Leigh and the Land

One of the best ways of coming to understand a culture is though experiencing its festivals and celebrations.  That must be as true of England as of anywhere.

Of course an English village fete isn’t Siena’s Palio or Pamplona’s bull run.  English culture is, of course, quite different to that of Italy and Spain, but in the differences and similarities lie the clues we need to make sense of our own culture and that of others.

The Palio celebrates the ancient rivalries between the city’s 17 contrade or wards.  There’s lots of flag waiving, oodles of skulduggery and the tense build up to the horse race itself lasts weeks.

Pamplona meanwhile is a macho display of bravado: testosterone, posturing and rite-of-passage wrapped up together in an inimitably Spanish fashion.  No wonder Ernest Hemingway loved Spain and its culture.  Can you imagine him morris dancing?  Quite.

Leigh’s village green isn’t Pamplona’s Santo Domingo or Siena’s Piazza del Campo.  There are no bulls and very little blood and guts, but there is a certain amount of rivalry.

It’s difficult to know which of Leigh’s displays of primitive bravado would have appealed to Hemmingway’s macho personality more; the tug of war or the scarecrow race.

Given that the girls beat the boys at the tug of war I can only imagine that Hemingway would have stomped off in disgust in the general direction of the Fleur de Lys to demand a mojito.  Leigh being Leigh one hopes the bar staff would have told him that he’d be better off with a pint of Larkins than something with an umbrella sticking out of it.  All that derring do in the Spanish Civil War and marlin fishing is all very well, but what a chap needs to be a chap is a proper pint.  That’s one reason Hemingway should never be taken too seriously.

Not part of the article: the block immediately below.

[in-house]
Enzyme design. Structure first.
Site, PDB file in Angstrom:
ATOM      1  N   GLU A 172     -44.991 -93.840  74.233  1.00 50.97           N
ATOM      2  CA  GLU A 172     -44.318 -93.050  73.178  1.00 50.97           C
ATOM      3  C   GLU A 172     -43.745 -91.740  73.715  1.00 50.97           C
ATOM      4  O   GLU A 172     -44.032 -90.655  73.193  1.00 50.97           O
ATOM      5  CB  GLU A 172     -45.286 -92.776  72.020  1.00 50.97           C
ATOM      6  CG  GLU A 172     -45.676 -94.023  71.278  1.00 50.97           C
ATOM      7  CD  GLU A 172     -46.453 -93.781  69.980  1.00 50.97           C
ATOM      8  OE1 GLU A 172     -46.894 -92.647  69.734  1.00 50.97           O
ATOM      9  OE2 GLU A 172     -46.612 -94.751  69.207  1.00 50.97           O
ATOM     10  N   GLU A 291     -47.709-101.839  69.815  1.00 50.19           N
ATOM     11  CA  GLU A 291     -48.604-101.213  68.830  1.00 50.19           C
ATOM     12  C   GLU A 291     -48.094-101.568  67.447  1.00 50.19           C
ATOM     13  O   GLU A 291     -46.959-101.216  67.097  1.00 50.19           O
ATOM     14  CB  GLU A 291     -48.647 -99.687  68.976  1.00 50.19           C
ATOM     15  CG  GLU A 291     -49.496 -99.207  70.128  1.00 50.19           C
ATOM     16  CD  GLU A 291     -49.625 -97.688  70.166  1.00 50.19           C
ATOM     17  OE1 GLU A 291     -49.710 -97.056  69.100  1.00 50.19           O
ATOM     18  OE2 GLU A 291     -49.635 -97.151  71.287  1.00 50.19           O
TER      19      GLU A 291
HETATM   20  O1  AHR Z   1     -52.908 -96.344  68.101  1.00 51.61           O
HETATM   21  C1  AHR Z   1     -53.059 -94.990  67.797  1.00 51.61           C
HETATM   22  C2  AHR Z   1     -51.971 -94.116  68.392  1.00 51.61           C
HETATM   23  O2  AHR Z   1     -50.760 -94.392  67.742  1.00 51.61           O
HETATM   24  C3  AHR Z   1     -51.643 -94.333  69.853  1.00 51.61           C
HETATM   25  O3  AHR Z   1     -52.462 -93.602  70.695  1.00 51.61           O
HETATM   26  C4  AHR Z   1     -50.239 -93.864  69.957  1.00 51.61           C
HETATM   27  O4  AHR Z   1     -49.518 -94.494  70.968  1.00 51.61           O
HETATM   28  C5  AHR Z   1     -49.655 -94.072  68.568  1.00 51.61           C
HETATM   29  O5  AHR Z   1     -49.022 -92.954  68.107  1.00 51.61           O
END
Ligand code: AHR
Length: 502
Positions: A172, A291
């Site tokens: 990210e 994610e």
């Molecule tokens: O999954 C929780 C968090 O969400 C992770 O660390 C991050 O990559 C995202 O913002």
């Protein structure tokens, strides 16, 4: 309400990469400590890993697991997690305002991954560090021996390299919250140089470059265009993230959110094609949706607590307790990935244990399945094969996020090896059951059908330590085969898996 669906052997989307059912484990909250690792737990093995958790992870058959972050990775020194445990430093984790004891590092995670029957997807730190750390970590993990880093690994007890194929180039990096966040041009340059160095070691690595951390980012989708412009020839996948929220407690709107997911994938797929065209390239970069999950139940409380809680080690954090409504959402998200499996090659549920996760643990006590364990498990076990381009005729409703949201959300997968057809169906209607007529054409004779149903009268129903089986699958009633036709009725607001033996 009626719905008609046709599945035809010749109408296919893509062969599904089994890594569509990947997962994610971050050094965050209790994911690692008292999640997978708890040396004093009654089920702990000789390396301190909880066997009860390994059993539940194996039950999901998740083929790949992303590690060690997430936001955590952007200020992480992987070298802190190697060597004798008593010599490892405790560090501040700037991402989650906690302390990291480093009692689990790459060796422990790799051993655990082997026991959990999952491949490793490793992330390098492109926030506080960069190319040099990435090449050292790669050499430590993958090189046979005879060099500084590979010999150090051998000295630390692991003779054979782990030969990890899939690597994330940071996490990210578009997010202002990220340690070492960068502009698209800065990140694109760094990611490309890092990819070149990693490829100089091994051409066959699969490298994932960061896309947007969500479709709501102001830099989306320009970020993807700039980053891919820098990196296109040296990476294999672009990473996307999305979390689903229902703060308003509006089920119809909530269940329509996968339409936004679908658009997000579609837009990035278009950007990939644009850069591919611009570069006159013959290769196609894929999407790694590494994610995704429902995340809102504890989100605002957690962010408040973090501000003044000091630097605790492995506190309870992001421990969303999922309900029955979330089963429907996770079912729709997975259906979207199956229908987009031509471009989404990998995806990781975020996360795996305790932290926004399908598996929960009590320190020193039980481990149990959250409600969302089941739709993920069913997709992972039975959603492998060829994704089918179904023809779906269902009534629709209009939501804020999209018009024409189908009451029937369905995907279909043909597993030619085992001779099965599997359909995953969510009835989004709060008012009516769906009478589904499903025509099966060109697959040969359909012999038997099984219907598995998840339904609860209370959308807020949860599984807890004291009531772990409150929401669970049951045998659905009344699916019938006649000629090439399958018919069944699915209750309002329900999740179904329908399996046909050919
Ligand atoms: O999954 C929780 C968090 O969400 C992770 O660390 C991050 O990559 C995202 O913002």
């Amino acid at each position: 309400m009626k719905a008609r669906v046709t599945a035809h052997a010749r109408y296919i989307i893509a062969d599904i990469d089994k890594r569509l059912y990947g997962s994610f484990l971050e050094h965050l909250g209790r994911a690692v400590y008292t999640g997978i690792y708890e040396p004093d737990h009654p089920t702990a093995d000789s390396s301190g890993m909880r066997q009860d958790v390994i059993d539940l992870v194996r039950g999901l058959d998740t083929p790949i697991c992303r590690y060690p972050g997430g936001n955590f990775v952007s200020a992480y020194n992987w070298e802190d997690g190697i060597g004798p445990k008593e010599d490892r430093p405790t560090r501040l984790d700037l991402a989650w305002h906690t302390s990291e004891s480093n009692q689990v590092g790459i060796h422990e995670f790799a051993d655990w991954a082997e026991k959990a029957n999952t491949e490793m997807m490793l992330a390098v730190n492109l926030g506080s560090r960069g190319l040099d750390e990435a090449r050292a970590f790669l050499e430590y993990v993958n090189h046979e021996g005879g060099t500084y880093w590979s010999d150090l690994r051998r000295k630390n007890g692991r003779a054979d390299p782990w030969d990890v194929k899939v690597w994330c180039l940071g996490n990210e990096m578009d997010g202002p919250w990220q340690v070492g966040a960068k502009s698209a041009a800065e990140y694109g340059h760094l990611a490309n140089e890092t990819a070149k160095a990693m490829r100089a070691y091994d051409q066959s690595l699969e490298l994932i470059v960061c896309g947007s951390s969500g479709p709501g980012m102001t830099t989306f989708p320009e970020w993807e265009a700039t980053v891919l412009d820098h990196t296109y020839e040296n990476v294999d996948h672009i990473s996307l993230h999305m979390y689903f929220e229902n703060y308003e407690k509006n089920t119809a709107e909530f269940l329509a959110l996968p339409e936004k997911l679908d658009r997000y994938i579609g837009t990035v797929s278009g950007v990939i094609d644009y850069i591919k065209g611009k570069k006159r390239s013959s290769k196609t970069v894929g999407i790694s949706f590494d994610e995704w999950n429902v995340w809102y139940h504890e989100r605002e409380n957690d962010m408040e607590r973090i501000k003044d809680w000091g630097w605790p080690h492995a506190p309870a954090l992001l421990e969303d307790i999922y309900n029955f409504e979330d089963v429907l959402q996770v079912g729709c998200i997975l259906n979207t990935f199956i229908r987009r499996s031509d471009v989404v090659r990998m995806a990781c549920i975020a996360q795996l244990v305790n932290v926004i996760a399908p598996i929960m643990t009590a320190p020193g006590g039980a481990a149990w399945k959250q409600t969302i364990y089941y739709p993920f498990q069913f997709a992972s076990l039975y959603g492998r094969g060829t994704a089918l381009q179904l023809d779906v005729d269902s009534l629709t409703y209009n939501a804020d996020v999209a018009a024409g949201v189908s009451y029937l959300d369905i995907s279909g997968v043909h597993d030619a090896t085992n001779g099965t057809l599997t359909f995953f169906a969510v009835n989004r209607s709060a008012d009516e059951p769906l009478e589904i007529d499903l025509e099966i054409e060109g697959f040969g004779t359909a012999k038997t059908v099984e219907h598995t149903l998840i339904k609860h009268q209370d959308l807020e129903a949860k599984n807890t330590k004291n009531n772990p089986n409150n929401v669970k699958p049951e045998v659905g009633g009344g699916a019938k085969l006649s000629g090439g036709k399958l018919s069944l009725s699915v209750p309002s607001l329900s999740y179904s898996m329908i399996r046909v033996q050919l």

Enough of silly Americans, and more of proper English stuff.  Today’s Leigh village produce show (Leigh’s old name was Lyghe which gives you a clue as to how it’s pronounced) was the 70th such event and to mark the occasion it had a wartime theme.

I wandered round a similar produce show in East Hampshire a month or so ago.  That was a showcase for growers in several villages whereas Leigh was very local.  I have to say that the display of cakes, flowers, produce (and did I mention the cakes) at Leigh would have done a small town proud.  The wartime theme did however encourage a few entrants to produce boiled fruitcakes that looked as though they’d have survived the Normandy beaches.  Light and fluffy they clearly were not.

So what does all this say about Englishness?  Some years ago a French journalist recorded a five minute piece for ‘The Slot’ that runs after the evening Channel 4 News exploring the differences between the English (perhaps one should say the British) and the French.  Her summation was that while the French are cultured, the English are civilised.

It rather begs the question ‘what is English civilisation?’  If you’re in search of an answer you could have done worse than to have visited Leigh this afternoon.  Perhaps English civilisation is about finding common ground for all comers.  The common ground may involve sport or growing vegetables, dogs or small soldiers.  All entrants are naked before the judges (not literally for goodness sakes, that wouldn’t be at all English, far too continental) and may the best person win.  The produce tent is a great leveller, so is the tug of war, often literally.  It doesn’t matter if you’re a professor of linguistics or you run a herd of dairy cattle.   You’re only as good as your marrow.

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